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    Review: Captain America – Civil War

    Monday, May 9, 2016

    Kudos: Nineteen year-old British actor Tom Holland takes a pretty decent Marvel movie to a higher level of fun. With the help of a spot-on Tony Stark/Iron Man (Robert Downey Jr.), Holland busts out a vexatious yet wholesome new version of the decidedly non-Marvel Spider Man. He’s an oasis in the take-itself seriously Marvel desert. […]

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    Review: Papa: Hemingway In Cuba

    Friday, April 29, 2016

    Is there any doubt Ernest Hemingway would have deplored the gross sentimentality displayed in Papa: Hemingway in Cuba? Short of being merely misguided, this sloppily mounted biopic of the gifted writer in 1959 Havana commits the even greater sin of not seeming to care about its subject. The first film shot in Cuba since that […]

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    Interview: Jordan Peele–Keanu

    Friday, April 29, 2016

    Jordan Peele and Keegan-Michael Key have been a comedy writing/ performing pair since their work together in the early 2000s. They honed their distinct brand of comedy  during their tenure at MADtv . In 2012, with the launch of their eponymous sketch show, Key and Peele’s names became permanently associated with writing and performing  brilliant […]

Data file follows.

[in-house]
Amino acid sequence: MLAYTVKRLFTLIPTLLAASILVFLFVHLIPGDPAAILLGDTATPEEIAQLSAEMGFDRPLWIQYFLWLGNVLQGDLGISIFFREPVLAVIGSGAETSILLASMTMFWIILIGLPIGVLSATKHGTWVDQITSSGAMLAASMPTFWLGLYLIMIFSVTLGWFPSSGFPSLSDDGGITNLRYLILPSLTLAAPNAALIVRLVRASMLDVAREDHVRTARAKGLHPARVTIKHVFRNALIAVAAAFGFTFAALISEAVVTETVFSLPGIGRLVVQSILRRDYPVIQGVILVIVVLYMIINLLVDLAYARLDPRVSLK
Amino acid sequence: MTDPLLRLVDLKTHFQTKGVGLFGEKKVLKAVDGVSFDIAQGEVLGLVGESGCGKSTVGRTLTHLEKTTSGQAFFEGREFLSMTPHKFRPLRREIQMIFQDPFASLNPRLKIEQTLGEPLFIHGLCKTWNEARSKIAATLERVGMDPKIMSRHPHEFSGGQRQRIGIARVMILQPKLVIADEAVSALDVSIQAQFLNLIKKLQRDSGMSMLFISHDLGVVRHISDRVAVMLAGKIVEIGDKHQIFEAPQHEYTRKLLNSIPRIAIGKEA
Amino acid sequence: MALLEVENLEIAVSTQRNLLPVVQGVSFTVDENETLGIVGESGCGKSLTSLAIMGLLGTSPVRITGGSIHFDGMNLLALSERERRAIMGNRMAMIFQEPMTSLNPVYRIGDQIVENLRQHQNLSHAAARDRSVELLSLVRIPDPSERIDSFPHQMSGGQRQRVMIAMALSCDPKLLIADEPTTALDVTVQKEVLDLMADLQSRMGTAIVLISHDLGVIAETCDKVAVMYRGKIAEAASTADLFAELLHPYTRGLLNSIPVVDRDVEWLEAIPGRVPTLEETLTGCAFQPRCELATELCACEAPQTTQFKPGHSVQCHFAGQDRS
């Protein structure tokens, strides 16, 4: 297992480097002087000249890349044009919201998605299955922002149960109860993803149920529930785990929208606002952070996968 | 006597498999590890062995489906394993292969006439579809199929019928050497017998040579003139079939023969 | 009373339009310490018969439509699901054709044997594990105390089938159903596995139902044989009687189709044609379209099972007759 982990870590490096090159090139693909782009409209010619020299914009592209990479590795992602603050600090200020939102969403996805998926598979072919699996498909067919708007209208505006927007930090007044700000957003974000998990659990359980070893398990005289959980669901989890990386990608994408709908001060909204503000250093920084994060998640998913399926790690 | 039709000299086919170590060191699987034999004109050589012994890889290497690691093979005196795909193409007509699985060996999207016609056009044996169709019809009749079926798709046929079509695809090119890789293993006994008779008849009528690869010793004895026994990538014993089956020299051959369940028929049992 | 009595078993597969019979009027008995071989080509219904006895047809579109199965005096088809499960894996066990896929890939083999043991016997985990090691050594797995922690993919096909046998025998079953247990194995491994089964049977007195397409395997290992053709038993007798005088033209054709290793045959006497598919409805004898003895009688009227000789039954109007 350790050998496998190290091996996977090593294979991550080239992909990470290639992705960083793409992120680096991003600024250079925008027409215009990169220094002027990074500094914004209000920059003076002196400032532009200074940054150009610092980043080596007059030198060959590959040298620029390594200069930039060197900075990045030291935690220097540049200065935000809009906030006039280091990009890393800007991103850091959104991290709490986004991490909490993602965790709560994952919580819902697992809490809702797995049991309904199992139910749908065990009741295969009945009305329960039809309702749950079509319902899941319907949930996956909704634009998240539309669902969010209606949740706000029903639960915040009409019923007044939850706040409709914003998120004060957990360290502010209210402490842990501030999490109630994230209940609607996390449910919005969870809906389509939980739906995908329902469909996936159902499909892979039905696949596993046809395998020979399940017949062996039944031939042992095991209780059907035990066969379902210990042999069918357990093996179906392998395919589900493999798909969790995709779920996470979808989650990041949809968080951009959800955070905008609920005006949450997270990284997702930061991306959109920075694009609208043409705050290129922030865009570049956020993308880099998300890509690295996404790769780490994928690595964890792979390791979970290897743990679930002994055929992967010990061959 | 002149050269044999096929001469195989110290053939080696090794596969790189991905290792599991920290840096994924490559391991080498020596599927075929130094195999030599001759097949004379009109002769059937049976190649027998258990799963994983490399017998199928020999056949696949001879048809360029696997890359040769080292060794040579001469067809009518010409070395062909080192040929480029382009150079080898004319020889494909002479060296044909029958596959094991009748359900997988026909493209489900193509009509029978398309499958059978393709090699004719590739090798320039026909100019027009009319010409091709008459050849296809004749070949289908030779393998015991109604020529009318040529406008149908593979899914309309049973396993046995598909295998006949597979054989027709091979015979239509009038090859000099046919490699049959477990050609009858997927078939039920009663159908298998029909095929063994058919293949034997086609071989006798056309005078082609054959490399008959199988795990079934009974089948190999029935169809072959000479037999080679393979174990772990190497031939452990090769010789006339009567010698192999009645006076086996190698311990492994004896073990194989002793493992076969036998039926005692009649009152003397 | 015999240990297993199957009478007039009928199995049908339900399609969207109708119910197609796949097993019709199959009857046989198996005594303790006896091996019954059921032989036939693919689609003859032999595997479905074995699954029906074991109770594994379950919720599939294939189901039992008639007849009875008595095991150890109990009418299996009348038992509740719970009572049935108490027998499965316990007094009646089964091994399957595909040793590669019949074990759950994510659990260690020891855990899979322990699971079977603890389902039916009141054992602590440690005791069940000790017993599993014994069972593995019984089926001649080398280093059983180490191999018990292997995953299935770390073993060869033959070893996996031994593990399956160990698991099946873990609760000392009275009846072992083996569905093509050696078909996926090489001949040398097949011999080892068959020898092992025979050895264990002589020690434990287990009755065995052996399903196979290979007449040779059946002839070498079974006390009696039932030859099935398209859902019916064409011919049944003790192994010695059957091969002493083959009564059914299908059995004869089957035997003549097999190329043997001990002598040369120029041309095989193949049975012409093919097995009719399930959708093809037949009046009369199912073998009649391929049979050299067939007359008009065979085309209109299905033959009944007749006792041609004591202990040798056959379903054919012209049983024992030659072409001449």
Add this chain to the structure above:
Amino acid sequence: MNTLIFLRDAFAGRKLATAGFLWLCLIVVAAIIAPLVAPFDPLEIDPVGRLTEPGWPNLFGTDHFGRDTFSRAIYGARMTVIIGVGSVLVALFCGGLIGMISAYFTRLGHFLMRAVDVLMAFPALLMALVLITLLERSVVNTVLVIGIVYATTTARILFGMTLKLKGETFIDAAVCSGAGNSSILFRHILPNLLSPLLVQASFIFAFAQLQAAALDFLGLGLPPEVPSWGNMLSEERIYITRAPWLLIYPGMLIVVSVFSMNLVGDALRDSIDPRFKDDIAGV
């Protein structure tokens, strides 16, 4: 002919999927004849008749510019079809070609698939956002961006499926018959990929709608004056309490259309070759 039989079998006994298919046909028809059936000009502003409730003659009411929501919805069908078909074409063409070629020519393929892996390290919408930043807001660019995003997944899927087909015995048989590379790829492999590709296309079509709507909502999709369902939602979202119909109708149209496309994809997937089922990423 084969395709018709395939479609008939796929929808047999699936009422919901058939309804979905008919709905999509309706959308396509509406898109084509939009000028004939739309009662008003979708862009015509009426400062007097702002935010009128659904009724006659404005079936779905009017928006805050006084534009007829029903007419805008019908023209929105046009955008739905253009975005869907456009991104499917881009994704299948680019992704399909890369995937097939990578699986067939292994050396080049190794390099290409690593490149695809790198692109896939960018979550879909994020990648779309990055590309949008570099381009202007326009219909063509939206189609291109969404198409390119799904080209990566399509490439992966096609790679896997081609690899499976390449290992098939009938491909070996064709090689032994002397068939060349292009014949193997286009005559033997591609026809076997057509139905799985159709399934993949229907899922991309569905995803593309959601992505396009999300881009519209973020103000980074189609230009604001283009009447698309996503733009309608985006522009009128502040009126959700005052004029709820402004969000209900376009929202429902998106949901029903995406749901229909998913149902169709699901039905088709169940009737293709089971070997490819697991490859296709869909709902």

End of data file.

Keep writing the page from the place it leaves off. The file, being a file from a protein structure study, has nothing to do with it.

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    Review: Embrace the Serpent

    Wednesday, April 20, 2016

    Forget Apocalypse Now. Toss aside Conrad’s venerated Heart of Darkness. When it comes to obtaining a vivid realization of the essence of Amazonian culture, check out Ciro Guerra’s amazing Embrace of the Serpent. The stunningly shot black-and-white Colombian Oscar nominee frames two separate interactions, 40 years apart, between a pair of white explorers and an […]

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    Review: Everybody Wants Some!